- Projects and programs including risk budgets in their business cases
- Risks ‘rolled up’ so that there’s a clear line between risks identified at project level and those presented to the execs, along with clarity about what is being done about them
- Feedback coming down the organization relating to risk appetite, with strategic guidance about investment decisions based on the risk profile of a business case or project.
Tying Risk Management to Business Cases
The great thing about this process is that you can do it at any point in the project life cycle. Work it through based on the known risks at the time the business case is produced to build the mitigation activities into the initial project plan and provide the best decision-support information for the approval decision.
Arguably, this is the most valuable point in the life cycle to be leveraging risk management as a tool, because it will help your senior team make the best investment decisions. It’s easy to get started: amend your business case template to include more analysis about the risks of a project, along with risk management plans and a risk budget. You can also include a statement about where this project would fit in the overall risk profile of the existing portfolio, to help decision makers know if, by approving this project, they are opening themselves up to a portfolio that is accepting of more risk than previously.
You can still use this approach during the project life cycle with newly emerging risks in order to better assess the project or program’s current risk profile. By doing the activities continuously, and building it into the way projects are managed, you’ll have early sight of any projects taking on a risk profile beyond what the organization is prepared to counter, and you can make strategic decisions about the future of that project in a timely fashion.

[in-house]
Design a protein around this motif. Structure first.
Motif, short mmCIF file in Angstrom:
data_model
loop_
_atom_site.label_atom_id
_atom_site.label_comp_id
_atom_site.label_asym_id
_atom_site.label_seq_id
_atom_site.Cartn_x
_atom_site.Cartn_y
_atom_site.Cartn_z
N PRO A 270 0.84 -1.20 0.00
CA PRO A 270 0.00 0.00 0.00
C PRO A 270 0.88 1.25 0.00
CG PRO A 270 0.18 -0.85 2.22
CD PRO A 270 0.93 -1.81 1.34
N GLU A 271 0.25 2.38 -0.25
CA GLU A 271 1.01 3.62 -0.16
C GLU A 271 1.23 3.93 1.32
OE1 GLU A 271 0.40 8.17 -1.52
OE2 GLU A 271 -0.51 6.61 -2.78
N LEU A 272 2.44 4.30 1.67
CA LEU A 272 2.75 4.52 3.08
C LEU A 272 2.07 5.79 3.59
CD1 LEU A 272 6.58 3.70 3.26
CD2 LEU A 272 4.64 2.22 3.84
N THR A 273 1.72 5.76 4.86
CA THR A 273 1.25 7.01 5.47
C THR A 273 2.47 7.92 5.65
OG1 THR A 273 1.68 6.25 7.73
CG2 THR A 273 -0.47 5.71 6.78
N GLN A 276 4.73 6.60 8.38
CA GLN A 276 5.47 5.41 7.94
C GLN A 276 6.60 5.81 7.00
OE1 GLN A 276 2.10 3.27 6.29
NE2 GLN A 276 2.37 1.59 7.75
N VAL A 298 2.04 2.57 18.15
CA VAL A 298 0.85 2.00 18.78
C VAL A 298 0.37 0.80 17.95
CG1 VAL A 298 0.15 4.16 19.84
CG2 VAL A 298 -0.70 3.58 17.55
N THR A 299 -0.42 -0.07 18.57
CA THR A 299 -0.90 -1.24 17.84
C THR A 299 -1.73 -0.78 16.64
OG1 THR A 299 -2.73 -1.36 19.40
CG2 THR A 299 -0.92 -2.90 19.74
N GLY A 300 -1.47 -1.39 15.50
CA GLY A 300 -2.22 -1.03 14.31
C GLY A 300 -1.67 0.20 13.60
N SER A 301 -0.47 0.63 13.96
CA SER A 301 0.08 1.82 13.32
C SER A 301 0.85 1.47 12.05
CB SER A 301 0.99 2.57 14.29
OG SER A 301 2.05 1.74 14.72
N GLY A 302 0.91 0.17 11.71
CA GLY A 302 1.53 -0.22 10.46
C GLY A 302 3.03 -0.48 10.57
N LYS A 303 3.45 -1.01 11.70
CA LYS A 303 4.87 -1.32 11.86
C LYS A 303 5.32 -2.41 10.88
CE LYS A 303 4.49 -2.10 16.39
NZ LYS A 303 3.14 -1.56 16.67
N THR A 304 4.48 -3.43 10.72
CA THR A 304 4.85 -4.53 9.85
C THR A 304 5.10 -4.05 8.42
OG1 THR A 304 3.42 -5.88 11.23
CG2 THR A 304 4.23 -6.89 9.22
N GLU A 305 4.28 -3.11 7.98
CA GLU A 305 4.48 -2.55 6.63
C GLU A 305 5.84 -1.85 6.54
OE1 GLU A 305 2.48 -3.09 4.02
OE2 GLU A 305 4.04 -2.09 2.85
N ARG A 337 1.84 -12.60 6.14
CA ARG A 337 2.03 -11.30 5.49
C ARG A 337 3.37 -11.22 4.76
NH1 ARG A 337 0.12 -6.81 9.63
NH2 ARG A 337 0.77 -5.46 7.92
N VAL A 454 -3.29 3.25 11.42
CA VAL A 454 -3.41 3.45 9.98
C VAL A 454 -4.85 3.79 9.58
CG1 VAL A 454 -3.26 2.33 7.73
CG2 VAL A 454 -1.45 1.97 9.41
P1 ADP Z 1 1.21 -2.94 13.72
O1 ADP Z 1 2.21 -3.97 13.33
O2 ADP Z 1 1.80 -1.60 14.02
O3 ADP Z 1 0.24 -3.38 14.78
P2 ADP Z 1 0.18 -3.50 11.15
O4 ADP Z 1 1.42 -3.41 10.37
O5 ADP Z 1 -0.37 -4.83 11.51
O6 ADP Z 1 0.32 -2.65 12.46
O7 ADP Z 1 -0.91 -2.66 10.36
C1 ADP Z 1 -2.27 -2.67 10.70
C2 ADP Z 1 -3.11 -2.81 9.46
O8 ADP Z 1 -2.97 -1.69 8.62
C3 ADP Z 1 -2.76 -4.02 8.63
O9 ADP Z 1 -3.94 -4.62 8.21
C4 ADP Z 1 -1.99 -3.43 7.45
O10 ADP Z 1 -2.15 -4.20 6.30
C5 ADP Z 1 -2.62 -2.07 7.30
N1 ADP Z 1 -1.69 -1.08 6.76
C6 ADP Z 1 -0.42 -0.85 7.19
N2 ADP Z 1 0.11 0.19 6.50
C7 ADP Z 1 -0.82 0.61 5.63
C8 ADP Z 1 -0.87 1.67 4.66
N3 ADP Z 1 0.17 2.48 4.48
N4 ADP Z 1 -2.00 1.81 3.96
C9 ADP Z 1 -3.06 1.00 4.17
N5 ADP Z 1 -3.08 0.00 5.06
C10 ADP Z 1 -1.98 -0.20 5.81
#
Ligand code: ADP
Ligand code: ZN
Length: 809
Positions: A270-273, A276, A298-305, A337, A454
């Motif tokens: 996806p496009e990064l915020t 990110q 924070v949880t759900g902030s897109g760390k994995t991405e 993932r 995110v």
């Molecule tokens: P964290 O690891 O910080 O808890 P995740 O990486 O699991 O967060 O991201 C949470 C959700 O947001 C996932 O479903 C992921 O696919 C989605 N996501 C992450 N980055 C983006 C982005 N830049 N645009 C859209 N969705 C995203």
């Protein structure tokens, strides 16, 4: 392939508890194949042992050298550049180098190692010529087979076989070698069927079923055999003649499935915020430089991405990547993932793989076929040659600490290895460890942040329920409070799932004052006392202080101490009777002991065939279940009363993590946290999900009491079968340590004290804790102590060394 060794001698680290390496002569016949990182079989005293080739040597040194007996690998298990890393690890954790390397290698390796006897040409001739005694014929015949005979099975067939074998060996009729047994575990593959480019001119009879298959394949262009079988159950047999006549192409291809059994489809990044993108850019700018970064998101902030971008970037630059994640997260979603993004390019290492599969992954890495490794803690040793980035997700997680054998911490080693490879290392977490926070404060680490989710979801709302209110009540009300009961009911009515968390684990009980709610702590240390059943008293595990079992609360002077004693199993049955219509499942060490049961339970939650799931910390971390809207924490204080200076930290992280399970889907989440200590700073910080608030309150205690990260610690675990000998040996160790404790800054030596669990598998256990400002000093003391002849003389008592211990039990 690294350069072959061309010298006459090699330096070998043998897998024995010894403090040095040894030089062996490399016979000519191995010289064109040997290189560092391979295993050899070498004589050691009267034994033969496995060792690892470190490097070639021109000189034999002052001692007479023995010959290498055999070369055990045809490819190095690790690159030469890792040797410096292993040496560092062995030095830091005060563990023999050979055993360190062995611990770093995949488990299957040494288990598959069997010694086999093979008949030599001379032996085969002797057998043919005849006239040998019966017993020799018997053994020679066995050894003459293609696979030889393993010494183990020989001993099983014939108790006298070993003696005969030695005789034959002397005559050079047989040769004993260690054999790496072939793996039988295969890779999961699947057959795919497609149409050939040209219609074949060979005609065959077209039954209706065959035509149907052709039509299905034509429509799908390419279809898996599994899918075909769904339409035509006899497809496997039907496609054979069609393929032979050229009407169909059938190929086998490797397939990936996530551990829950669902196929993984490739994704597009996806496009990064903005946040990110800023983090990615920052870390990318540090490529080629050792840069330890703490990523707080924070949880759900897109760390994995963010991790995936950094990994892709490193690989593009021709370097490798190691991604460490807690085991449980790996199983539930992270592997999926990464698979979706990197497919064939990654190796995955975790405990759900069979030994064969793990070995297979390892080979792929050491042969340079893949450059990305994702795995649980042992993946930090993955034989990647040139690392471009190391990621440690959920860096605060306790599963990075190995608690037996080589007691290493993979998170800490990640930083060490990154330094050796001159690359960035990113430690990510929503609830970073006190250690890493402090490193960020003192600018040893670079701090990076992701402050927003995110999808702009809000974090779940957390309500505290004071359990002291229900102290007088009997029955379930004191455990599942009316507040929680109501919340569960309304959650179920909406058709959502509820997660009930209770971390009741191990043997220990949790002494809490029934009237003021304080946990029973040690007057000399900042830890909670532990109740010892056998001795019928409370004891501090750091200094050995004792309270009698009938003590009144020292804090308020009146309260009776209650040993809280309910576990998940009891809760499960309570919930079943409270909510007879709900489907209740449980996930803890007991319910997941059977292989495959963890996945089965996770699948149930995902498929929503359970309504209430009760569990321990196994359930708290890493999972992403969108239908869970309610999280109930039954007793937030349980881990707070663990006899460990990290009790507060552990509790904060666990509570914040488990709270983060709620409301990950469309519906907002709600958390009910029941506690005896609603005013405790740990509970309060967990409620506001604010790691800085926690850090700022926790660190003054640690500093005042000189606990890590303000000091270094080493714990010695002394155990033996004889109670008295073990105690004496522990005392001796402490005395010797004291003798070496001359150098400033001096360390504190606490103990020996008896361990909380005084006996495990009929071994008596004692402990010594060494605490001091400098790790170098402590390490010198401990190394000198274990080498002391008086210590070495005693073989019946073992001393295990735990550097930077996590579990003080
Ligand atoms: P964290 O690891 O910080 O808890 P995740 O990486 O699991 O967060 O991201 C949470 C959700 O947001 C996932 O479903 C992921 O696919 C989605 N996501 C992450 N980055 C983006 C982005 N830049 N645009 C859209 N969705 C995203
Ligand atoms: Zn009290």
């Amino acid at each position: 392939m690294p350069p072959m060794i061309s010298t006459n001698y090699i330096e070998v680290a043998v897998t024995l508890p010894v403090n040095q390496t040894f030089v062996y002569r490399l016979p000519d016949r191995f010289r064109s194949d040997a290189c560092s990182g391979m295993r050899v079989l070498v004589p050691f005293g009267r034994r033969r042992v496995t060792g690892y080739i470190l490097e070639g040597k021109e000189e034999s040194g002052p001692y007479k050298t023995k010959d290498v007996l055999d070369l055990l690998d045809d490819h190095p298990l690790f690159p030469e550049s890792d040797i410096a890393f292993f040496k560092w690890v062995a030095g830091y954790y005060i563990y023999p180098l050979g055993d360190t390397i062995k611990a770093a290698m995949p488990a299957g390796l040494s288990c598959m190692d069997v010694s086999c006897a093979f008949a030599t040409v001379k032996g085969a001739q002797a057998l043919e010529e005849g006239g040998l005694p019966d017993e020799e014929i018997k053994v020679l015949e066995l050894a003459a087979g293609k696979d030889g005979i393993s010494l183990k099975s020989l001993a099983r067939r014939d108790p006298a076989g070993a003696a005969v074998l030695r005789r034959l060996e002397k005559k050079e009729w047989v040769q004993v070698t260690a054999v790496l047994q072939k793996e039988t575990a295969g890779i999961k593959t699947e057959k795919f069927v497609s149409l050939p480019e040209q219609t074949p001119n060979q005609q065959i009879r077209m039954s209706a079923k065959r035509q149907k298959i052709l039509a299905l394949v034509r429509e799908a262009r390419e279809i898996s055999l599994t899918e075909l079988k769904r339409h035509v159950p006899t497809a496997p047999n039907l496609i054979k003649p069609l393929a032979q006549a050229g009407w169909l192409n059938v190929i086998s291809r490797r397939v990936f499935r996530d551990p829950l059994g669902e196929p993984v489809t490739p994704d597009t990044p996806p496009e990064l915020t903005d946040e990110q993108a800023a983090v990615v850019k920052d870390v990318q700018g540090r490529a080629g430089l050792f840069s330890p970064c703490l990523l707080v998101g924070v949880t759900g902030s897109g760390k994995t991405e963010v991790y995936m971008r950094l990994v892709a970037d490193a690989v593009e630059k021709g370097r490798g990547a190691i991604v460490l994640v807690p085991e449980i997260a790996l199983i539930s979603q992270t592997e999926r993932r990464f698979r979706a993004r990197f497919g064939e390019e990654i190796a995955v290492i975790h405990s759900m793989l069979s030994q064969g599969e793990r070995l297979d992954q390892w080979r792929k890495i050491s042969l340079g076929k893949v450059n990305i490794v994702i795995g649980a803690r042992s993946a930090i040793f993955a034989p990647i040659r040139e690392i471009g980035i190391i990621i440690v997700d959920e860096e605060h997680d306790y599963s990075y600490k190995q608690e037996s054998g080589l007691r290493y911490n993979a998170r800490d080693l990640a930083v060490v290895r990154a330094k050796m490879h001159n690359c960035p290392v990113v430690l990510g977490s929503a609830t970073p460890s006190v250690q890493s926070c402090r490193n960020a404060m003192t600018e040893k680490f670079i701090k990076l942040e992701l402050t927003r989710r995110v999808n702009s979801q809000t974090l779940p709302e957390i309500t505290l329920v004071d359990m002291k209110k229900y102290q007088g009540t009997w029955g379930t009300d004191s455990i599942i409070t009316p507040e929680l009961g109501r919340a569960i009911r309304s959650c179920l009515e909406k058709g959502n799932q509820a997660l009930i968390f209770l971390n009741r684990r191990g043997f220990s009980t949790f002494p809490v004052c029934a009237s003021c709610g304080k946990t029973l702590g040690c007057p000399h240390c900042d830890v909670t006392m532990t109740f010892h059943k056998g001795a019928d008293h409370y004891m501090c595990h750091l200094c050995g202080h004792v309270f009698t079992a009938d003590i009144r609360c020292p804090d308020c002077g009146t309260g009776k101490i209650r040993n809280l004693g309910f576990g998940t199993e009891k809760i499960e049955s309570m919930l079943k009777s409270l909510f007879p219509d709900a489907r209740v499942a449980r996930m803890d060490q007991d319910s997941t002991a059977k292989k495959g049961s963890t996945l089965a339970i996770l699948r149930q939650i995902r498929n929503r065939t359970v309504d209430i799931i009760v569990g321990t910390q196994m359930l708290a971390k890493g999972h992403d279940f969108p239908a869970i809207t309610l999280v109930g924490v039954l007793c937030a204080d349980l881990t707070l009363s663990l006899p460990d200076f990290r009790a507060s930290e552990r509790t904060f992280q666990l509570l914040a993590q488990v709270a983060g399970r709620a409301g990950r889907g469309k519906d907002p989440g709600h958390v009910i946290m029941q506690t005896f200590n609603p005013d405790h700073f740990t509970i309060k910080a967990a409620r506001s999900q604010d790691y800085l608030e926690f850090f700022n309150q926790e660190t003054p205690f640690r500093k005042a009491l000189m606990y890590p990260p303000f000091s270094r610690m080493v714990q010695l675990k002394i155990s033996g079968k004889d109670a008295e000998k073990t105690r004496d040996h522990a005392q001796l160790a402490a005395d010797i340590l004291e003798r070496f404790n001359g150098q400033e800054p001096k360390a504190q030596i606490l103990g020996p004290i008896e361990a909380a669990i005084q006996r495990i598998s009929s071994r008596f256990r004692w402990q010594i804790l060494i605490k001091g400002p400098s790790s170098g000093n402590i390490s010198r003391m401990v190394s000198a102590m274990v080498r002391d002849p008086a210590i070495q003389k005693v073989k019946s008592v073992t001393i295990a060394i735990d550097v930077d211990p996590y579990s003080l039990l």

Too often companies look at risk as simply something bad. However, the upside of uncertainty is opportunity that might go unnoticed if your risk management processes don’t pick it up.
A further advantage of building risk management into the fabric of your processes is that you can spot these opportunities and do something about them to capitalize on the benefits they could offer your organization.
Proactive Risk Management = Better Business Results
Taking a balanced, proactive approach to risk management can result in better, more thought-through investment cases which in turn will prompt better decision making. That leads to investment in the projects and programs that will best support business goals and drive return on that investment.
You’ll get visibility of projects which are becoming more risky and your PMO can aggregate and report the information that ties back to business metrics and that really makes a difference.
Ultimately, what you are looking for is a risk management approach that can be judged by the impact it has on business results and not by how many spreadsheets are discussed by the Board or how many risks a project manager can close.